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Posted September 17, 2015

EMV liability

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On October 1, 2015, most United States retailers will see a move away from traditional swipe and sign methods in favor of the globally popular smart chip payment processes. For retailers accepting in-person, card present transactions at a point-of-sale (POS) terminal and the consumers making these purchases, this date marks a change from swiping to inserting a chip-enabled card into a slot, somewhat similar to use of an ATM.

With only 41% of American consumers receiving new cards, according to an AP-GfK poll, and only about half of cards expected to be sent to consumers by the end of 2015, there is still a need for information among retailers and those not immediately affected by the liability shift.

Background

So, what is EMV and how did it come into consideration? EMV stands for Europay, MasterCard and VISA, named for the coalition of entities that joined in the 1990s to develop specifications for physical card transactions. This led to the introduction and adoption of EMV Cards.

EMV is the global standard for the chip technology embedded in financial payment cards. Much of the rest of the world—Europe, Canada, Latin America, and the Asia-Pacific region—is already in the process of transitioning to chip cards.

In the fourth quarter of 2012, there were 1.62 billion chip cards in use across 80 countries, leaving the United States as the last major country to implement what is now the de facto global standard.

EMV cards store card information on an embedded microchip and are more commonly called chip cards. With these cards, instead of swiping and signing to make a payment, the cardholder inserts the card into the POS machine, then either enters a personal identification number (PIN) or signs to verify the transaction.

Different Payment Brands, Different Stipulations

As the United States joins other countries in the adoption of EMV, different payment brands have introduced different terminology affecting the liability shift for retailers handling in-person transactions. The following table will highlight the different brands’ approaches to the October 1, 2015 deadline, as well as upcoming ATM and Automated Fuel Dispenser (AFD) liability shifts.

Chip and Pin liability shift

The Liability Shift for Retailers and Banks

The important aspect that retailers need to understand is that on October 1, 2015, swipe and sign transactions will transfer from the credit card provider to the retailer or bank. However, there are multiple situations regarding to whom the liability is shifted, as highlighted by the following flowchart from Data Privacy Monitor.

U.S. Retailers One Month Away from EMV Liability Shift

Liability Shift: Counterfeit Cards

Applies to: Accel, American Express, China UnionPay, Discover, MasterCard, NYCE Payments Network, SHAZAM Network, STAR Network and Visa

Applies When:

  • A merchant accepts a magnetic stripe card that was counterfeited with track data copied from an EMV chip card,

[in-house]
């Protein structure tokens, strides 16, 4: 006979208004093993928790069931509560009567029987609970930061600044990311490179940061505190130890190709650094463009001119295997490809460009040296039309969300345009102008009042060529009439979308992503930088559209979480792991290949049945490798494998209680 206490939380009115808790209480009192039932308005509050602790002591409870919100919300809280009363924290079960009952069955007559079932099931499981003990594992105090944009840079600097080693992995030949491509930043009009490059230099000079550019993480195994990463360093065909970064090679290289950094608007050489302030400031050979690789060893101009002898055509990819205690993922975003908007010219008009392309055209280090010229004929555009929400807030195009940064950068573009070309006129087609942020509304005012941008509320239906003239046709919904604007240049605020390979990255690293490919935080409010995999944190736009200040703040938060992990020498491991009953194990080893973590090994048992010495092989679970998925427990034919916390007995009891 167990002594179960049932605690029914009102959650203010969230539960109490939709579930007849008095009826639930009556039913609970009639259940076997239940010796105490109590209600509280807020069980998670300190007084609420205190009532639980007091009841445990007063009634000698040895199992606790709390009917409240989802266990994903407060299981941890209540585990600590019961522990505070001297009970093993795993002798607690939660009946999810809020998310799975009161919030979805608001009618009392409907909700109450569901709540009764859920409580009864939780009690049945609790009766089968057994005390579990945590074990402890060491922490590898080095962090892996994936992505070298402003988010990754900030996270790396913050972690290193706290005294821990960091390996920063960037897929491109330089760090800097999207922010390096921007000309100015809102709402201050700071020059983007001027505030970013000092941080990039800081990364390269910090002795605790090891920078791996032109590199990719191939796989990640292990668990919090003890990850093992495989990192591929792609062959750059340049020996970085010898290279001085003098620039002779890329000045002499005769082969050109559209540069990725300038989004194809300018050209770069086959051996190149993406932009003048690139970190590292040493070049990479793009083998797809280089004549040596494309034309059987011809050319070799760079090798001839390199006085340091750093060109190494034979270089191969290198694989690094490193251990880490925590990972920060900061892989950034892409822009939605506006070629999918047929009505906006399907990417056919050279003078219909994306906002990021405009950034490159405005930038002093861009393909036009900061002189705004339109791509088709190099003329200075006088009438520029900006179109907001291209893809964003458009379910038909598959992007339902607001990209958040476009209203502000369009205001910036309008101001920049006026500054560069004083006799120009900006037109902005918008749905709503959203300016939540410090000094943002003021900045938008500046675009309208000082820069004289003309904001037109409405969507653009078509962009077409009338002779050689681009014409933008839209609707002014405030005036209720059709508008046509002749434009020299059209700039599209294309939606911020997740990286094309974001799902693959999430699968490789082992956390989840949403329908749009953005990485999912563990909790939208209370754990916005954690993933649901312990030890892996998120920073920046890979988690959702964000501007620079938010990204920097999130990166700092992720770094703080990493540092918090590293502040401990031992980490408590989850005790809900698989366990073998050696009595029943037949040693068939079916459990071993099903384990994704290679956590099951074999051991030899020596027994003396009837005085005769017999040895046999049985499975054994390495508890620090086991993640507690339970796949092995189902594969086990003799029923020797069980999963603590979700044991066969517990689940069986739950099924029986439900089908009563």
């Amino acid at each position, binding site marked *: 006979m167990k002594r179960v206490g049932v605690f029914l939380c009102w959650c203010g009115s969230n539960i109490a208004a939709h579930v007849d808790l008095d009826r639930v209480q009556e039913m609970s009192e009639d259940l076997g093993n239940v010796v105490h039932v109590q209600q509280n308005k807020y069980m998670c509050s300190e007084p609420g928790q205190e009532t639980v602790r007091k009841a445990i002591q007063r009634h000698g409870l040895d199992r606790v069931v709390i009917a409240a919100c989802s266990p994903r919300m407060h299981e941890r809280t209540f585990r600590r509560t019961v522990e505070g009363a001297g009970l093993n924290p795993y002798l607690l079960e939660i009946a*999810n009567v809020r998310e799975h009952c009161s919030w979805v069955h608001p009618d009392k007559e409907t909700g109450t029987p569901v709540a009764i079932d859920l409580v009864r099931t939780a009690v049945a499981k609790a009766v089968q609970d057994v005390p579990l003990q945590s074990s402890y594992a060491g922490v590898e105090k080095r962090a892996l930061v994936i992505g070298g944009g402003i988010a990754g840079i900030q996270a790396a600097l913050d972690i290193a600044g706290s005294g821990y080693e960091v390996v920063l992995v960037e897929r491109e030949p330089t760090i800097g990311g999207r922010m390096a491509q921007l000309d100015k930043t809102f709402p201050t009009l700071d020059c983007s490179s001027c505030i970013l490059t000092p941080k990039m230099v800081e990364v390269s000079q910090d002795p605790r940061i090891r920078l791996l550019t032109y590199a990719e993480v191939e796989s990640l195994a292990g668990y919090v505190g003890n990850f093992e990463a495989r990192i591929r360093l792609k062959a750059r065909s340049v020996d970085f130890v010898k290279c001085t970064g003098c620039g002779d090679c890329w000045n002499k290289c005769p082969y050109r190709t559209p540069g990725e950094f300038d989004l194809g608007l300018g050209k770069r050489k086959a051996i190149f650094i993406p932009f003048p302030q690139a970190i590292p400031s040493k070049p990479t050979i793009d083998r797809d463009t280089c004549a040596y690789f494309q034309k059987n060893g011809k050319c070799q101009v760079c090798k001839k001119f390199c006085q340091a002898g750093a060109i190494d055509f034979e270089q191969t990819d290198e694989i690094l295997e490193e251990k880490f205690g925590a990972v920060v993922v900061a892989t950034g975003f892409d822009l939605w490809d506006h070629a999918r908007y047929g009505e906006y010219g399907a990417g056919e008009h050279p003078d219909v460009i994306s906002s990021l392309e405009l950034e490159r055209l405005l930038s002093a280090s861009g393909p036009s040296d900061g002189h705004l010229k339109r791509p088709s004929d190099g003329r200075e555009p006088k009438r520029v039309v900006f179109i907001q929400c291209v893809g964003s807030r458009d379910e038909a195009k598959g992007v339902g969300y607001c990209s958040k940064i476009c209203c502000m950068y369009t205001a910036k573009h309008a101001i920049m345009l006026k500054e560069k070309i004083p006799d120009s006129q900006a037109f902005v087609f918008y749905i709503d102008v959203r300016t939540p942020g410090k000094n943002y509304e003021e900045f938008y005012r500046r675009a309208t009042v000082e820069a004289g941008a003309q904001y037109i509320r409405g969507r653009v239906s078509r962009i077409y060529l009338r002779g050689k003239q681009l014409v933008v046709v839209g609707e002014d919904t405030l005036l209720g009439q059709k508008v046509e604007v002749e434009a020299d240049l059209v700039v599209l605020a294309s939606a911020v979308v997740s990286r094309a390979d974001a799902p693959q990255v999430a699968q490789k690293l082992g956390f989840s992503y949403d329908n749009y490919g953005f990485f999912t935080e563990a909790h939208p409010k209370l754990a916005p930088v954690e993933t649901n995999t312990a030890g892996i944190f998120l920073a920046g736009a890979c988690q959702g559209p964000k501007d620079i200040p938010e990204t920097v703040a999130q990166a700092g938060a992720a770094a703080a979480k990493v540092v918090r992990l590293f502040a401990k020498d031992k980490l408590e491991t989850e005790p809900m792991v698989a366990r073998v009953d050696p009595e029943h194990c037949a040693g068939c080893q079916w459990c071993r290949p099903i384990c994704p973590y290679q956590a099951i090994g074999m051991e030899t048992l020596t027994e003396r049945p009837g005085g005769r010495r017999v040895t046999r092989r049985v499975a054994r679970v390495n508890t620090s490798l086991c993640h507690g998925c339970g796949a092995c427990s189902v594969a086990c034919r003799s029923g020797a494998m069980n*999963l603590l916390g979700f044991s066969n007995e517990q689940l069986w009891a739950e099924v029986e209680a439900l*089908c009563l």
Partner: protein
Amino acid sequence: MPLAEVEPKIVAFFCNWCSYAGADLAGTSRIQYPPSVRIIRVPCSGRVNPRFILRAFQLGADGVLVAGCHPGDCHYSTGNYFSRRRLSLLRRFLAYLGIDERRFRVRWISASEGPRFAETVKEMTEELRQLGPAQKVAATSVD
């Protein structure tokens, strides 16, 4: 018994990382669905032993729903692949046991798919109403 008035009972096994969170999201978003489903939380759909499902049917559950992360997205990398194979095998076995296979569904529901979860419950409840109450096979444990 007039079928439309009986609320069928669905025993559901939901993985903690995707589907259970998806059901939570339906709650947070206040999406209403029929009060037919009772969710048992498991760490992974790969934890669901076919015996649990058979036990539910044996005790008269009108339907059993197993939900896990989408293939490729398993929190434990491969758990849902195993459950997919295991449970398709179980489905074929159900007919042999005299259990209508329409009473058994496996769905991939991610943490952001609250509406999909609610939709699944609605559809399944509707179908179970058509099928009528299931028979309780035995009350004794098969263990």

• The card is subsequently swiped at a POS device/application that is not EMV chip-enabled,
  • The transaction is successfully processed, the acquirer/merchant may be liable for the chargeback resulting from the fraud.

chip and pin liability shift

Liability Shift: Lost and Stolen Cards

Applies to: American Express, Discover and MasterCard

Beginning in October 2015 for American Express, Discover and MasterCard, the acquirer/merchant may also be liable for a chargeback resulting from fraud if:

  • A PIN-preferring (either online or offline PIN) chip card that has been stolen (not a copy or counterfeit) is presented at a magnetic stripe-only POS device/application, and the stolen chip card is processed as a magnetic stripe transaction

OR

  • A PIN-preferring (either online or offline PIN) chip card that has been stolen (not a copy or counterfeit) is presented at a chip-enabled merchant POS device/application that does not support either online or offline PIN, and the stolen chip card is processed as a signature chip transaction

No CVM (Cardholder Verification Method) transactions that meet the No CVM requirements of the payment network are not affected by the EMV lost or stolen liability shift. These lost or stolen liability shifts for the U.S. are summarized in the following chart:

Chip and Pin Liability Shift

* Magnetic stripe liability shift rules apply.

** If PIN was prompted and approved, magnetic stripe liability rules apply.

*** Lost or stolen liability shift applies to only legitimate cards that are lost or stolen based on issuer determination.

**** Payment networks have slightly different policies. In the U.S. for MasterCard and Discover, if a merchant decides to support PIN, the terminal must support both online and offline PIN. In the U.S. for American Express, the merchant terminal can support either offline PIN, online PIN or both. In all three cases, the issuer retains liability if a fraudulent lost or stolen PIN-preferring chip card is used at a chip-enabled terminal that supports PIN.

Accel, China UnionPay, NYCE, STAR Network and Visa

There is no expected change to Accel, China Union Pay, NYCE, STAR Network or Visa liability for lost or stolen card fraud, and accordingly, this liability remains with the issuer.

Conclusion: Time is Running Out

With less than a month away from the liability shift and only 59% of retail locations expected to be in compliance by the end of 2015 (Javelin Research), the holiday season could be a costly time for retailers in the United States.

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